According to their self-styled legend, ice cream barons Ben and Jerry enjoyed a busy first season with their roadside ice cream stall. There was just one issue – for all their sales, they weren’t sure if they were actually profitable. They closed up shop for a day and hung a sign out front reading, “We’re closed today to figure out if we’re making any money.”
If you’re a restaurant owner, that scene probably strikes a chord. If you’ve survived the past twelve gruelling months and your business is still going, sincere congratulations are in order. If you’ve been financially treading water, then today is the day, like Ben and Jerry did, to hang a sign out front, pause and ask yourself these questions:
– What have I tried in the last year that has made me money?
– What do I want to hold onto from this period?
– What do I focus on for a more profitable future?
The last year saw the perfect conditions for skyrocketing use of food delivery apps. For restaurant owners, it has been at best a mixed blessing. While apps offer a convenient sales platform, their commission rates can literally kill an unprepared business.
Whether you avoid apps at all costs, lean into working with them, or adopt a hybrid approach, you must protect your profits. How can it be done? We’ve spoken to restaurant owners with radically different solutions.
In classic restaurant economics, 30% of your sale covers the cost of food, 30% of your sale covers the cost of labour, a rough 25% goes to your landlord, your accountant, your plumber, the person who fixes your hood fan, and hey, if you’re lucky, 15% is left for yourself. If an app swoops up and eats up a 20% commission, it’s not just biting into your net profit, it’s devouring the whole thing and leaving you in the hole. Simply migrating the old model onto an ordering app could end up as a recipe to lose money.
“Ordering apps have only their own fees in mind! I’m not convinced that they actually deliver on their promise of massive exposure,” says Vera Tzoulas, co-owner of downtown Toronto’s Fat Lamb Kouzina.
Tzoulas and her husband Chris Prifitis came up from an east-end farmers’ market and had already built an extremely loyal customer base by the time they opened up their brick and mortar just over four years ago on Yonge Street. Now, that customer base is following them online – just not through ordering apps.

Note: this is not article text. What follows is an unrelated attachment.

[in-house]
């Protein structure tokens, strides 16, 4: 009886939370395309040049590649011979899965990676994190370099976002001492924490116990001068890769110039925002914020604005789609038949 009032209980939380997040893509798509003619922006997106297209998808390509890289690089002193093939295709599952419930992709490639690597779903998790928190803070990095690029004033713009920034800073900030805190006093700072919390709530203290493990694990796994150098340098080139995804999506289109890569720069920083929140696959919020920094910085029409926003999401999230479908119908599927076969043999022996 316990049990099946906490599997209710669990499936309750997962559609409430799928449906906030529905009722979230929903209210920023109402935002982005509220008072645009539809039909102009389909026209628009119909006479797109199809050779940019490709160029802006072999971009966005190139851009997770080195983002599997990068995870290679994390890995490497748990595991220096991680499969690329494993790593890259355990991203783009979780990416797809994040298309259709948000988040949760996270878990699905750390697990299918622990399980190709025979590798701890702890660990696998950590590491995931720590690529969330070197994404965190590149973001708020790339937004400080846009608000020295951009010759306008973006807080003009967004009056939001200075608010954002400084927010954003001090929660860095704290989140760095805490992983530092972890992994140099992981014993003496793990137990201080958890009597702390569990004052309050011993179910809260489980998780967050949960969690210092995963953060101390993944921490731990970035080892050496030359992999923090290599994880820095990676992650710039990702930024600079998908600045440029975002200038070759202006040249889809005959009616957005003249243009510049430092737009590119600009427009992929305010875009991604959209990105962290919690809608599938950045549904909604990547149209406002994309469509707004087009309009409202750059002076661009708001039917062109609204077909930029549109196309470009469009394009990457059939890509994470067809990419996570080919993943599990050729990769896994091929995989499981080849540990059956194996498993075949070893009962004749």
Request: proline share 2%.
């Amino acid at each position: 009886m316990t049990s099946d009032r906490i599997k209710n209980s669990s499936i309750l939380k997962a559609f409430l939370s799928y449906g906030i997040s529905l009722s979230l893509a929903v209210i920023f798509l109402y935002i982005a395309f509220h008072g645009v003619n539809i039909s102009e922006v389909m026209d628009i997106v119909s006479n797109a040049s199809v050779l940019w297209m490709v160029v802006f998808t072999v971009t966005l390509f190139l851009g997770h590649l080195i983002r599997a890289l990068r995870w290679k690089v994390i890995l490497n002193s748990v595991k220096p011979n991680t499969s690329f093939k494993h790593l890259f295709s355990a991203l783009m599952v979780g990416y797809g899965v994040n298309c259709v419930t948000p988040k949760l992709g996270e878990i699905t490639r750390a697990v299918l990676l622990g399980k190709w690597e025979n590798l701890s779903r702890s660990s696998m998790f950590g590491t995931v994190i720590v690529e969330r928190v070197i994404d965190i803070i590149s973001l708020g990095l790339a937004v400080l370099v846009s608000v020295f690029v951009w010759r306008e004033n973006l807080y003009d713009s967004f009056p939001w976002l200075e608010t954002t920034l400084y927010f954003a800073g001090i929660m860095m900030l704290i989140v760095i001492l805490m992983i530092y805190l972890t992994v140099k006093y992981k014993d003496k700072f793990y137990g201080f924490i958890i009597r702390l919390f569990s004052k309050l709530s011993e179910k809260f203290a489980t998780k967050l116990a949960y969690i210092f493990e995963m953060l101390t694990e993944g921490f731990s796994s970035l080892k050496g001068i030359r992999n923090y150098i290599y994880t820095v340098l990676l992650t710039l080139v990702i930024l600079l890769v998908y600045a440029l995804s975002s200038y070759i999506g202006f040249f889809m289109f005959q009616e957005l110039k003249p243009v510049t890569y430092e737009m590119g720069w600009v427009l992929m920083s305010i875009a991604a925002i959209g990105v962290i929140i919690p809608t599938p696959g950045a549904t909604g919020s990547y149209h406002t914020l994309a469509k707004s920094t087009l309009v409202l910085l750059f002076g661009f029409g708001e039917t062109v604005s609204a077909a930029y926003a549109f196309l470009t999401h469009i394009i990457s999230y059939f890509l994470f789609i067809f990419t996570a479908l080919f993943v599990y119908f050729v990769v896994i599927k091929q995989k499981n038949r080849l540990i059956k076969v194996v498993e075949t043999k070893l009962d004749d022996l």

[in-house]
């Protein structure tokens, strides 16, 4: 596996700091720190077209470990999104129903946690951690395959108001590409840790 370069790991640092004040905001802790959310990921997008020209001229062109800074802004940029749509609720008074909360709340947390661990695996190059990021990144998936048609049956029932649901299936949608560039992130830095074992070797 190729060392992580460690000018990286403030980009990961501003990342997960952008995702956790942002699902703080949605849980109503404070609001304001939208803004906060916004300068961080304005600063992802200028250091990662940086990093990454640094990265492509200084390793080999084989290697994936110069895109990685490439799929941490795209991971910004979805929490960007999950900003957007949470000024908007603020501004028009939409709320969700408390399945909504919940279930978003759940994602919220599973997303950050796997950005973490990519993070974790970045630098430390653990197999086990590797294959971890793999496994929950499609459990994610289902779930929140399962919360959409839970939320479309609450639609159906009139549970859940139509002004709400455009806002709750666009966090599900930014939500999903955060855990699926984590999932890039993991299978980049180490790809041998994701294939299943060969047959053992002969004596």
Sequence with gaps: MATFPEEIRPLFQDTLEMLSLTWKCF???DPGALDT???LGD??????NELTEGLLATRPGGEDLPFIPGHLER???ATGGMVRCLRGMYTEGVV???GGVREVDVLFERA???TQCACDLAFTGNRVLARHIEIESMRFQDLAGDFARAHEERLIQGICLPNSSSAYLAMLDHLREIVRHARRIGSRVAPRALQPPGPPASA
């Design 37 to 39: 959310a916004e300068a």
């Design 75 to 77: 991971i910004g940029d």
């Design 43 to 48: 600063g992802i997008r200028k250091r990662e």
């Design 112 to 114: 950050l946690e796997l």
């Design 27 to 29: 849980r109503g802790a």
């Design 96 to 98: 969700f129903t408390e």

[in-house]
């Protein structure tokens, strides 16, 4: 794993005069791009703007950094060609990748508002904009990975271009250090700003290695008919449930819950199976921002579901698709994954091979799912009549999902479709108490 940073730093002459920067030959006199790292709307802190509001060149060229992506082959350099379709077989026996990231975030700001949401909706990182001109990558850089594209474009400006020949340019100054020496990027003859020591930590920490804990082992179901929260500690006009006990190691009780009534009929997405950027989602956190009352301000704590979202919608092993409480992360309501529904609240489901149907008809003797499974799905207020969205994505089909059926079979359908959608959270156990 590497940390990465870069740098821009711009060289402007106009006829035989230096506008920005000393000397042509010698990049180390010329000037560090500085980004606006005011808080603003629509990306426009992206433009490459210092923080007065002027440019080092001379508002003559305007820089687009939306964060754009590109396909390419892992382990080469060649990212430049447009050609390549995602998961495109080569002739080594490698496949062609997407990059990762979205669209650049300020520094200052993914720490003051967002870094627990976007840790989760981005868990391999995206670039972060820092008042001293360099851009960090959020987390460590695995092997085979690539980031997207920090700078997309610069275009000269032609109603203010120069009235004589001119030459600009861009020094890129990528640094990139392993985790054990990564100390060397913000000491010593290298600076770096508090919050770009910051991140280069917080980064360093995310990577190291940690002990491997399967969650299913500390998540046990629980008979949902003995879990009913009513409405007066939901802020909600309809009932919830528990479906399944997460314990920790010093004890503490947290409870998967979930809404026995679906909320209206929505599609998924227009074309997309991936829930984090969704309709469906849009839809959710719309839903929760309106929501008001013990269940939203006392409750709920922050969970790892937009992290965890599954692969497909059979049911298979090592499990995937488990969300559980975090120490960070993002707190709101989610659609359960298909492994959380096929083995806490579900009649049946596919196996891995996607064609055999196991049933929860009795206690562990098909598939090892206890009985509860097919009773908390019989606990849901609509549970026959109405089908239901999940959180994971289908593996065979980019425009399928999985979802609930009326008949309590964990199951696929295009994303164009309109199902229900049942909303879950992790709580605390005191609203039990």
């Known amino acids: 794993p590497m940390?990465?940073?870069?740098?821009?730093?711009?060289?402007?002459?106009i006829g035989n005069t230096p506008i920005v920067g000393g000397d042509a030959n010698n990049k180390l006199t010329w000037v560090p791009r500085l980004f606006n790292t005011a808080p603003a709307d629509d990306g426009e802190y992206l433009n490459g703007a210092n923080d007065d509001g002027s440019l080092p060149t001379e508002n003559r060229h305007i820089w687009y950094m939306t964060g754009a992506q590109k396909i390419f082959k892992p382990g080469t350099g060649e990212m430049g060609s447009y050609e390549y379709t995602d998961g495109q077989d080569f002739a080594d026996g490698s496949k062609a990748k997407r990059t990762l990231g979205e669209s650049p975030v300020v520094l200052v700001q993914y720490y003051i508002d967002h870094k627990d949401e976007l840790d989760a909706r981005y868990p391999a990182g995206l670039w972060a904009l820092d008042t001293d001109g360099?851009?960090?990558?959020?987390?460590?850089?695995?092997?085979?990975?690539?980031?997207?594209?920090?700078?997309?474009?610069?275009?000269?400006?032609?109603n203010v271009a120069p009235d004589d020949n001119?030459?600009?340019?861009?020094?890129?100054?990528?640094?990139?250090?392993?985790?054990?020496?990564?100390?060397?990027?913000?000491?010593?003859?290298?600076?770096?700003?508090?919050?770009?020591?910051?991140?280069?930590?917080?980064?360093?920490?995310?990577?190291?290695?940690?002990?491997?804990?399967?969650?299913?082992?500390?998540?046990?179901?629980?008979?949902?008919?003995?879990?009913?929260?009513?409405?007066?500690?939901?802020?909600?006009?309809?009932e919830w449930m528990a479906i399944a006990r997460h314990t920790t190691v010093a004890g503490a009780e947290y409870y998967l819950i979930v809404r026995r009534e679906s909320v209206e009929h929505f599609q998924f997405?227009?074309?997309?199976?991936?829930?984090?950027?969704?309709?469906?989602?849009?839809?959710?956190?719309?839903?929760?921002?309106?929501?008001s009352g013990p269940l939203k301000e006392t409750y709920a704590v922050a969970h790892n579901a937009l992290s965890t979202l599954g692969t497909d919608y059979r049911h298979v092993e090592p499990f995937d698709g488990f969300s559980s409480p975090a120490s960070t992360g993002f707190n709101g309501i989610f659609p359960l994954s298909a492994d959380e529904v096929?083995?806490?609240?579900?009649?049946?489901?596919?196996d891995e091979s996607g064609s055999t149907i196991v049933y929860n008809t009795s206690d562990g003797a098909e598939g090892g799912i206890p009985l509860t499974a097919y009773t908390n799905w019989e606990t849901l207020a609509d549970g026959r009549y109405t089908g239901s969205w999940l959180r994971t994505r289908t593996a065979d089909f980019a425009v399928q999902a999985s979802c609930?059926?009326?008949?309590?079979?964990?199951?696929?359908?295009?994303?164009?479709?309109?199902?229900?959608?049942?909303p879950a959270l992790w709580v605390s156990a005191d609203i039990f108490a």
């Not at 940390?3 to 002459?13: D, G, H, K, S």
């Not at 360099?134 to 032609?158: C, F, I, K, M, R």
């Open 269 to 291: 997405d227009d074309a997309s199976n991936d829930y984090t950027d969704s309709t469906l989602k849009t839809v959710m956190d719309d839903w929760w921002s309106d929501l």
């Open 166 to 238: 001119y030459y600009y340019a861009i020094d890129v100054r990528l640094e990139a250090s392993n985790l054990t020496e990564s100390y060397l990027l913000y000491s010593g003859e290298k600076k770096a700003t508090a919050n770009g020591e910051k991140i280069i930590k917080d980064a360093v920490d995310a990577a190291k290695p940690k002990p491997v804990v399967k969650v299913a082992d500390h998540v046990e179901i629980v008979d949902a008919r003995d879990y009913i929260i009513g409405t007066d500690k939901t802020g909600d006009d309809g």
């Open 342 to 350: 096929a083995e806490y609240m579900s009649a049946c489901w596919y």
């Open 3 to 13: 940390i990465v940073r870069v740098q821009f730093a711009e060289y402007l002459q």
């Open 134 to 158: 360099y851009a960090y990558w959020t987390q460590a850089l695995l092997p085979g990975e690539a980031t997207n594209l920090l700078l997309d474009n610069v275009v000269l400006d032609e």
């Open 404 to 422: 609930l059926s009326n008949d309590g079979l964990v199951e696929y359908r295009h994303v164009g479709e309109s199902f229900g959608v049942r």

“Talking food industry, our margins are so slim,” says Tzoulas.
Fat Lamb tried to make it work with ordering apps years ago but found they were always running at a loss. For a casual, takeout-focused operation, Fat Lamb’s traditional, rustic Greek fare has very high food and labour costs. Their core product is marinated and slow-roasted meat, folded in a handmade pita with tomato, onion and housemade tzatziki. When ordering apps asked for their cut, it meant sales – no matter how strong – weren’t resulting in a net profit for them.
“Talking to other restaurant owners having to rely on apps for revenue, you have to increase your prices, and that was just something that we didn’t want to do,” explains Tzoulas.
After an early shift towards larger family meals served hot, the evolution of the last year has seen Fat Lamb relying less on restaurant-style service, and focusing more on stocking the freezers and pantries of their ardent supporters. They’re now delivering their mains fully frozen, vacuum-sealed and ready to reheat, as well as selling handmade pitas, feta, tzatziki, olive oil and pasta. They’ve even reinvented their signature roast meat pitas as a meal kit.
Tzoulas and Prifitis are handling deliveries themselves and have added another team member – another small business owner – to help them with the increased demand. Orders are handled through their e-store and at a $100 sale, they’ll deliver for free. While still offering hot meals, with the pantry and freezer items on offer, a full delivery order can land somewhere between a restaurant treat and a replacement for a shopping trip. Loyal fans haven’t flinched about climbing up to a larger single order since they trust from experience that the quality is there.
Staying off the ordering apps hasn’t meant Tzoulas and Prifitis have rejected working with other sellers. In the last year, the pair worked hard to build online and in-person retail relationships that work for them.
Fat Lamb Kouzina’s Roll Your Own Pita kits were selected by PC Chef to be a part of the original eight Toronto restaurants for the launch of the uniquely co-branded meal kit service. Artisan food aggregator Toronto Market stocks a select number of Fat Lamb products, and Sanagan’s Meat Locker in Kensington Market sells Fat Lamb’s handmade pitas. Smaller sales in different environments are as much about visibility and the potential to convert new core customers, as they are about direct profits.
“The best way for a restaurant like ours to expand our reach is on social media, word of mouth, asking our customers for testimonials and reviews, and integrating with our neighbourhood and community. Together we are strong!” offers Tzoulas.